Helsingin Sanomat | 16.12.2011
Finland advocates free trade agreement between Russia and EU countries
Russia’s membership in the WTO will immediately lower customs duties by hundreds of millions of euros
Russia’s accession into the World Trade Organisation (WTO) next summer will bring Finnish export companies annual savings worth up to hundreds of millions of euros.
However, Finland has its sights already set on the next target : the establishment of a free trade zone between Russia and the European Union.
Even according to the most pessimistic of estimates, Russia’s WTO membership will reduce customs duties by EUR 300 million right away, reckons Minister of European Affairs and Foreign Trade Alexander Stubb (National Coalition Party).
Today, Stubb is to attend the WTO Ministerial Conference in Geneva, Switzerland. The final decision on the accession of the Russian Federation into the WTO will be made at the WTO meeting today - after negotiations of 18 years.
In addition to Russia, the conference will also approve the accessions of Montenegro, Vanuatu, and Samoa.
Russia’s WTO membership will improve Finnish export companies’ access to Russian markets and will stabilise the Russian business environment.
When the rules of the game become clear and the WTO’s dispute resolution mechanism is adopted, no ”politically motivated protective customs duties” can be imposed in the future, Stubb believes.
According to Stubb, the next target should be a free trade zone between Russia and the EU, within which all customs barriers would be removed entirely.
”The more freely goods and services can move between Russia and the EU countries, the better it is for Finland, Europe, and for the entire world”, said Stubb in Helsinki on Thursday.
The negotiations with Russia on the rules relating to international trade were the longest in the WTO’s history. This autumn the last open issues concerned investments in the automobile industry, rules of foodstuff trade, and questions related to agriculture.
After this, Russia will have six months to ratify the membership, which means that the membership will become valid next summer, maybe in August.
However, some goods are subject to a transition period of two to four years, which is why not all duties will come down in one go.
According to Pekka Laaksonen, CEO of the leading dairy products manufacturer Valio, tax-free trade between Russia and the EU would be ideal for the company.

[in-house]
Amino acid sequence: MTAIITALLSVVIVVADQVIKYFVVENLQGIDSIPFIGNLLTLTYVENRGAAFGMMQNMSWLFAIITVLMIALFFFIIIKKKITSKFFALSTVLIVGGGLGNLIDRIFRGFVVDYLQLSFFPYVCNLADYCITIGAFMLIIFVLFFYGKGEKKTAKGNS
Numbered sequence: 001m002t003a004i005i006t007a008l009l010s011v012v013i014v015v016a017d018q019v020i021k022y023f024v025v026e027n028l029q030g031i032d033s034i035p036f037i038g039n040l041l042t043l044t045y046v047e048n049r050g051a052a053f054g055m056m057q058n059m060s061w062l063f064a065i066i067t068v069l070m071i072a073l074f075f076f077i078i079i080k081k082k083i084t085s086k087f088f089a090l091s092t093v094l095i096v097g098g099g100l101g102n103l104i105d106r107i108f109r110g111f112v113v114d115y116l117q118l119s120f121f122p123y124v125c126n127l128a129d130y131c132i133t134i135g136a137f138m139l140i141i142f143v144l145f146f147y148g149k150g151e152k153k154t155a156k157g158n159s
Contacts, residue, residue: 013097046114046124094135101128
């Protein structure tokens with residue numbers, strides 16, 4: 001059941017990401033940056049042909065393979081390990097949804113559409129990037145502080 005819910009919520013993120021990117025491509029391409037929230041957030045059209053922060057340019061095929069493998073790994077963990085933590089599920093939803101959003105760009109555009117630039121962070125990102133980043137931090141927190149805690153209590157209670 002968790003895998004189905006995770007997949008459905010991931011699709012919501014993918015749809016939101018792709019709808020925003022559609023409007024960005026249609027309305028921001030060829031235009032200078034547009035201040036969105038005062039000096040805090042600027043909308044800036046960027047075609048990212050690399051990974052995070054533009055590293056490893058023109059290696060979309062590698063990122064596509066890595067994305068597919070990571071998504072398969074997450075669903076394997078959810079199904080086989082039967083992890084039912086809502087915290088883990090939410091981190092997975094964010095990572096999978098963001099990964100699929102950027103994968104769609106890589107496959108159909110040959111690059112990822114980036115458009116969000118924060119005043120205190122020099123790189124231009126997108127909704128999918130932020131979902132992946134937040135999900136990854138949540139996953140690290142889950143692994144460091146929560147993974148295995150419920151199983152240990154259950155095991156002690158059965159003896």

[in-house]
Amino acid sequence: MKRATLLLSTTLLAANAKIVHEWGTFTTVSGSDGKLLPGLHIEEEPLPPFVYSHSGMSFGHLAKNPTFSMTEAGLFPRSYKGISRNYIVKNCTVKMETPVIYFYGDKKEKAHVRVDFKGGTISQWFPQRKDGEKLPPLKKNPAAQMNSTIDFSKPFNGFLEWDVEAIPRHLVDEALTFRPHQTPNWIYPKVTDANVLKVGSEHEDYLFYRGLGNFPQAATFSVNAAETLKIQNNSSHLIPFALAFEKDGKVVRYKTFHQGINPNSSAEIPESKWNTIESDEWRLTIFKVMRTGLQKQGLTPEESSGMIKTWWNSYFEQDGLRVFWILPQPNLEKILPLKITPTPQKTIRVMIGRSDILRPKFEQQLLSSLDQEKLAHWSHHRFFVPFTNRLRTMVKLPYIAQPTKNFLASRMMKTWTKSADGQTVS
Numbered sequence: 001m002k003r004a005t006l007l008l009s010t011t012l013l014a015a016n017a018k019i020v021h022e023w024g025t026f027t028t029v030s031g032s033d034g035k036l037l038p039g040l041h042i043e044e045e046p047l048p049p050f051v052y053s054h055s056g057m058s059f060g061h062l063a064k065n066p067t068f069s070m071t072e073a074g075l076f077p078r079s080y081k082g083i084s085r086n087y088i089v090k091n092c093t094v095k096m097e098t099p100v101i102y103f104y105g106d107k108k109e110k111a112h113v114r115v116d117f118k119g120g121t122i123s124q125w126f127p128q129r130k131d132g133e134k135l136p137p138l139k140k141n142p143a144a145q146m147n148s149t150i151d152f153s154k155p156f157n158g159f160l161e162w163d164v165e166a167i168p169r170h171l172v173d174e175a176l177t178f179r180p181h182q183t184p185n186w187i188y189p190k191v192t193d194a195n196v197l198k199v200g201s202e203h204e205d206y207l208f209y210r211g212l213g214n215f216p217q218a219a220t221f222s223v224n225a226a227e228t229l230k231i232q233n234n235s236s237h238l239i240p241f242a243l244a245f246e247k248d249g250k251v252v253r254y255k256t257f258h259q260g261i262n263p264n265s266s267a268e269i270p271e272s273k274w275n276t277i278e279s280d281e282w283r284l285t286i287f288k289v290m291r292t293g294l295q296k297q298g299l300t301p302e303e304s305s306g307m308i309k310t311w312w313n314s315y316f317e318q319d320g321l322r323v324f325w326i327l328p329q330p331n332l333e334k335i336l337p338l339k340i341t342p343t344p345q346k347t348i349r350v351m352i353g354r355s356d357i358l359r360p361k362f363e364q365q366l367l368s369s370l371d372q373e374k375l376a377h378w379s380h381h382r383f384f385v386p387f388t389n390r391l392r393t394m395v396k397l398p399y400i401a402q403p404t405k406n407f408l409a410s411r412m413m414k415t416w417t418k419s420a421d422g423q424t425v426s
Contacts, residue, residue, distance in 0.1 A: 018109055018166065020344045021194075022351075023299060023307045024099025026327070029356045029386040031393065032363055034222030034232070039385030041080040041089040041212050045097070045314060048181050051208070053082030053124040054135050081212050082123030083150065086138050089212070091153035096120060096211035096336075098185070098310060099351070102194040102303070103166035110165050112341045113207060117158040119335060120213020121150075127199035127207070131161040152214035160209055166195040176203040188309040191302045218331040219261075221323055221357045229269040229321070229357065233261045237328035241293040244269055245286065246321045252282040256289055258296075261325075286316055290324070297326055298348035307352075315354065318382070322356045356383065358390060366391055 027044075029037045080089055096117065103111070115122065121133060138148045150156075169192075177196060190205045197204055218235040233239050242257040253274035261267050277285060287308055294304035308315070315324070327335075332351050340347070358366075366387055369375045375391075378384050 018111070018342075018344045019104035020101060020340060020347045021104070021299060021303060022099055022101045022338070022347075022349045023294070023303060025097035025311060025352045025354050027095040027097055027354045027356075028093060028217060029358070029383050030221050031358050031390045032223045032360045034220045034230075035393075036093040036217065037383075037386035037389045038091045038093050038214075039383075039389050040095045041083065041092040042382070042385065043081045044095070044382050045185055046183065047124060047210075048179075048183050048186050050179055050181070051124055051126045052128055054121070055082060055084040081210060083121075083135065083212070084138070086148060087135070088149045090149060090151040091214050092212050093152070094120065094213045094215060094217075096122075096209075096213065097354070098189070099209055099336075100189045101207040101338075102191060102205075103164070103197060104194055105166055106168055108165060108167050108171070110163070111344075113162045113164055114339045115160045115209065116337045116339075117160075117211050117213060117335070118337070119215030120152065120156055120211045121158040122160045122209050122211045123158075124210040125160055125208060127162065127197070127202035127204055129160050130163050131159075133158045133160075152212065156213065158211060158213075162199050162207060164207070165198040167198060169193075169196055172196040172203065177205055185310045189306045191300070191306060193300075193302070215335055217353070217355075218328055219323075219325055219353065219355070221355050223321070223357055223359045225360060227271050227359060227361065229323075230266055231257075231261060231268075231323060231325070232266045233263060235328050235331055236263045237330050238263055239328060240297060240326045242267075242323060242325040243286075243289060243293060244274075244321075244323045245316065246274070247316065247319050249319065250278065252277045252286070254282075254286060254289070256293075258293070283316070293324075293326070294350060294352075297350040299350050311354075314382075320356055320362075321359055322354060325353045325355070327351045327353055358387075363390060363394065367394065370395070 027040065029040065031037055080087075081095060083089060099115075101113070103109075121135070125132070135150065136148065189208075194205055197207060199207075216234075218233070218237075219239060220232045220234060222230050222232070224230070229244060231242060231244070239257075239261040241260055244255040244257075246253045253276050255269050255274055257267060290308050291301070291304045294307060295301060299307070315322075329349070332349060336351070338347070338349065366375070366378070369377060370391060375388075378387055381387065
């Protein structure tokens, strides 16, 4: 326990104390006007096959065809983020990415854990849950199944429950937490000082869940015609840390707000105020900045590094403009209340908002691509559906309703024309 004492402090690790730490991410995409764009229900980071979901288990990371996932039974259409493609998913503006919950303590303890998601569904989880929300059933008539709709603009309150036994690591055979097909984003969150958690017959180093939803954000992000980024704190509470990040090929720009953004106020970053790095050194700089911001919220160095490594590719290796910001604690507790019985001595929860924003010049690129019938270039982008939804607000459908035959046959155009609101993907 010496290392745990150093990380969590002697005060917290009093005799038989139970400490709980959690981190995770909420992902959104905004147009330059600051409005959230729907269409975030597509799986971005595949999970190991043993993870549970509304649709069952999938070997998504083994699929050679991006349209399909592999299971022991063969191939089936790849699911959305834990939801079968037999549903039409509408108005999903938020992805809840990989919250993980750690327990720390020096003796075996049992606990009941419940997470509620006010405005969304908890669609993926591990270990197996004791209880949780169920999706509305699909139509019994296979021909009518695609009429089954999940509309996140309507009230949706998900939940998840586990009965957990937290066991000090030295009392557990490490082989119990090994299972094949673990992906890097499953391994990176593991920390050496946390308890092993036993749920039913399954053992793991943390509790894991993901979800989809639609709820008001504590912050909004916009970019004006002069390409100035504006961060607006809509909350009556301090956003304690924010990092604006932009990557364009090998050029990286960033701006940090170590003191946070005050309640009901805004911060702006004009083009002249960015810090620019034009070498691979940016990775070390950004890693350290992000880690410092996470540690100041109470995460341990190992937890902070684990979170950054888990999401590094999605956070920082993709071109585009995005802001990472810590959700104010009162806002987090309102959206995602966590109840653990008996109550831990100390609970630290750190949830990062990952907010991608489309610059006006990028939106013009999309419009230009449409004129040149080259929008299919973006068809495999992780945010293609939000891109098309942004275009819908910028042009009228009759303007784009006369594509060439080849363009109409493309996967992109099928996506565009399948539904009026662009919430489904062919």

Today, Valio pays annual customs duties for its exports to the tune of EUR 40 million.
These days, Valio’s Viola soft cheese is one of the best known Finnish brands in Russia, while more than half of the produced Oltermanni cheese goes to the Russian market.
According to Hannu Penttilä, CEO of the Stockmann retail group, the company’s export duties of 14% on average will be reduced by roughly 50%.
This is a major issue for Stockmann, which now has about 80 stores in Russia, and with the exception of fresh produce, the company brings almost all goods to its shops from behind the customs barriers.
Timo Jaatinen, CEO of the Finnish Forest Industries Federation, estimates that the duties for softwood imported from Russia will be cut by about half.
At the same time, the duties levied on hardwood will reduce by about three-quarters from the present level.
Assuming that the imports remain at the current level, the reduction in Russia’s export duties will bring the Finnish forest industry savings of approximately EUR 20 million, Jaatinen calculates.
The exports of paper and paperboard will produce annual savings of about EUR 10 million.
Minister Stubb urged Finnish companies to have no hesitation about entering the Russian markets.
FACTFILE : Chemicals account for the largest export category
Around 600 Finnish companies are doing business with Russia, with a total of about 50,000 employees in the country.
In 2010, the value of exports fell just short of EUR 5 billion.
The largest group of Finland’s exports to Russia consists of chemical products, namely 22% of the total exports. The proportion of machinery and equipment is 16%, that of electrotechnical equipment is 13%, the share of metal products is 11%, that of paper and paperboard 10%, and the proportion of foodstuffs is 7% of the total exports.
Over the first months of the current year, Finland’s exports to Russia grew by more than a third on 2010 figures.